Pros

  • Private Jet levels of accommodation.
  • Shares mechanicals with locally available Toyota models.
  • Exceptional build quality and reliability.
  • Arguably the pick of people movers, especially in Hybrid form.

Cons

  • The looks aren’t to everyone’s taste.
  • Certain grey importers can be dishonest, to say the least.
  • Not as cool or sexy as a 7-seat SUV in terms of image.
  • V6 models can be quite thirsty.

Verdict

Before we answer the should you buy question, if you’re seriously considering buying a people mover over a 7-seat SUV, congratulations, it’s great to see logic wins over image for you.

But, should you buy the Vellfire or Alphard pair? Very possibly.

The Vellfire and Alphard both make so much...

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When it comes to the challenging situation of needing to transport an ever increasing population of children in your life, some seem to fight this reality they’ve created for themselves and buy a 7-seat SUV and yes the SUV option might be the sexier option compared to a people mover but things can quickly turn disastrous as you run out of actual cargo space as you pump out more kids.

However, others embrace the fact that it’s far more sensible to make a logical choice and buy a people mover.

Not only are the Toyota Vellfire and Alphard possibly THE sensible choice for transporting a family, they are often the go to set of wheels for celebrities, politicians and heads of industry in Japan, Singapore and Hong Kong. They are relatively rare here in Australia, but they are hugely popular across Asia.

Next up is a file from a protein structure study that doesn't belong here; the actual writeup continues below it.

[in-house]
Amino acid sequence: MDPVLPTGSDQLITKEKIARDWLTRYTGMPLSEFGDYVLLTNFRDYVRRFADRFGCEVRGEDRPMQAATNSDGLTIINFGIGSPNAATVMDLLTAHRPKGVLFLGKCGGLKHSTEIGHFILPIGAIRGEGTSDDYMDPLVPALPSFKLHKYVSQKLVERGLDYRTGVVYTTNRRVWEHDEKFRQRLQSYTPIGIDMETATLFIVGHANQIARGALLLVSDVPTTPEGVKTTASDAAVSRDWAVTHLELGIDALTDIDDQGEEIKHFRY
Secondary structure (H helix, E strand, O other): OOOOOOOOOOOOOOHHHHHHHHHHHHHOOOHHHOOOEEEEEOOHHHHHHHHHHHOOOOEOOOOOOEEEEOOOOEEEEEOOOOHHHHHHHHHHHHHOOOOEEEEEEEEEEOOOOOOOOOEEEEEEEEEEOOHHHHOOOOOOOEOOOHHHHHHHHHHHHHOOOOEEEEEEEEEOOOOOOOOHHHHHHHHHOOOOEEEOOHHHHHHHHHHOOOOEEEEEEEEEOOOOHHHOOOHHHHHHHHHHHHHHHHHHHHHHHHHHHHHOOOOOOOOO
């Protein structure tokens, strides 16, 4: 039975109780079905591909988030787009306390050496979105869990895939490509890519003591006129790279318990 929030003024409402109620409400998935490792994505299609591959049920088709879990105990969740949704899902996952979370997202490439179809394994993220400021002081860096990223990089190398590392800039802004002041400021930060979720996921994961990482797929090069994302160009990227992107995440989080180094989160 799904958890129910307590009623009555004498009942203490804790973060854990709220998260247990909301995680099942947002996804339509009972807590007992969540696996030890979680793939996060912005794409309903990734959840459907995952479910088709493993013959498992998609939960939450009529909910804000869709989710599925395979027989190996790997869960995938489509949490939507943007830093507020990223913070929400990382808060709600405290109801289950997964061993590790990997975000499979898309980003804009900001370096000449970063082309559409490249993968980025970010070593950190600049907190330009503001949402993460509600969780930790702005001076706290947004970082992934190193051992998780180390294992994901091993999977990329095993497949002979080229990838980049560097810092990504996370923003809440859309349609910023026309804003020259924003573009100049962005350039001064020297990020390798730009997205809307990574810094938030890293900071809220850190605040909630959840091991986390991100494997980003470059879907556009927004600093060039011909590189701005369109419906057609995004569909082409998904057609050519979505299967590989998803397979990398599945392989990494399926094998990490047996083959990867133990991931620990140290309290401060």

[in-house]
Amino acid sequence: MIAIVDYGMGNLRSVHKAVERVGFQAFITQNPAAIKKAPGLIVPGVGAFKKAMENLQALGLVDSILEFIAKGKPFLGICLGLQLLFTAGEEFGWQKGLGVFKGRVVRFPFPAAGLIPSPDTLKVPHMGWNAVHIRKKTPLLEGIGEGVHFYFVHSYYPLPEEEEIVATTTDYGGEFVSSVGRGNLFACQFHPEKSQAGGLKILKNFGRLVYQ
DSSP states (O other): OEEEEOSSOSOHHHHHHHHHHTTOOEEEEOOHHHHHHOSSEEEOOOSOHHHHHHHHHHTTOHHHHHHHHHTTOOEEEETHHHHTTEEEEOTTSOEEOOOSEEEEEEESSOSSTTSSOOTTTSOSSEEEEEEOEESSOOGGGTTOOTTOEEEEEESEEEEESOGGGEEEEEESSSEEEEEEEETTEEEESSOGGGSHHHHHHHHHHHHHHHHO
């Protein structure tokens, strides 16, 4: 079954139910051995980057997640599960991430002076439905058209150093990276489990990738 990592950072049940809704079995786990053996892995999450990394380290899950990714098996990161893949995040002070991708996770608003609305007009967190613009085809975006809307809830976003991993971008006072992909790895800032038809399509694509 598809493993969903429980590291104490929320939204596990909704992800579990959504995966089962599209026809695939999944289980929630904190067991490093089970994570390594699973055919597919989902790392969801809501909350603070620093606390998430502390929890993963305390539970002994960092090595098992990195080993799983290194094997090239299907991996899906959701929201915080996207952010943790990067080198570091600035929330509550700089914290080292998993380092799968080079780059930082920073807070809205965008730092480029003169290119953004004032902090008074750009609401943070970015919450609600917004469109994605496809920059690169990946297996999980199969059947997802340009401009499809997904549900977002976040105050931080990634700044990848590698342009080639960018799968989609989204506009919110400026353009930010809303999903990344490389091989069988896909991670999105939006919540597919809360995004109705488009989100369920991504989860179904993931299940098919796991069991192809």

While ostensibly twins, the Vellfire is marketed as the sportier version of the luxurious Alphard, not that the Vellfire isn’t luxurious in anyway, both could convincingly pass as private jets on four wheels..

The Vellfire and Alphard have existed across different generations since the early 2000’s however this cheat focusses on the 2015 to 2023 AH30 range and like any good Japanese domestic market car, it is available in a confusing range of different trim specs, all of which can vary in what they offer depending on if they are pre or post the 2018 update, through to even what dealership sold the particular Vellfire or Alphard in

When it comes to the challenging situation of needing to transport an ever increasing population of children in your life, some seem to fight this reality they’ve created for themselves and buy a 7-seat SUV and yes the SUV option might be the sexier option compared to a people mover but things can quickly turn disastrous as you run out of actual cargo space as you pump out more kids.

However, others embrace the fact that it’s far more sensible to make a logical choice and buy a people mover.

Not only are the Toyota Vellfire and Alphard possibly THE sensible choice for transporting a family, they are often the go to set of wheels for celebrities, politicians and heads of industry in Japan, Singapore and Hong Kong. They are relatively rare here in Australia, but they are hugely popular across Asia.

While ostensibly twins, the Vellfire is marketed as the sportier version of the luxurious Alphard, not that the Vellfire isn’t luxurious in anyway, both could convincingly pass as private jets on four wheels..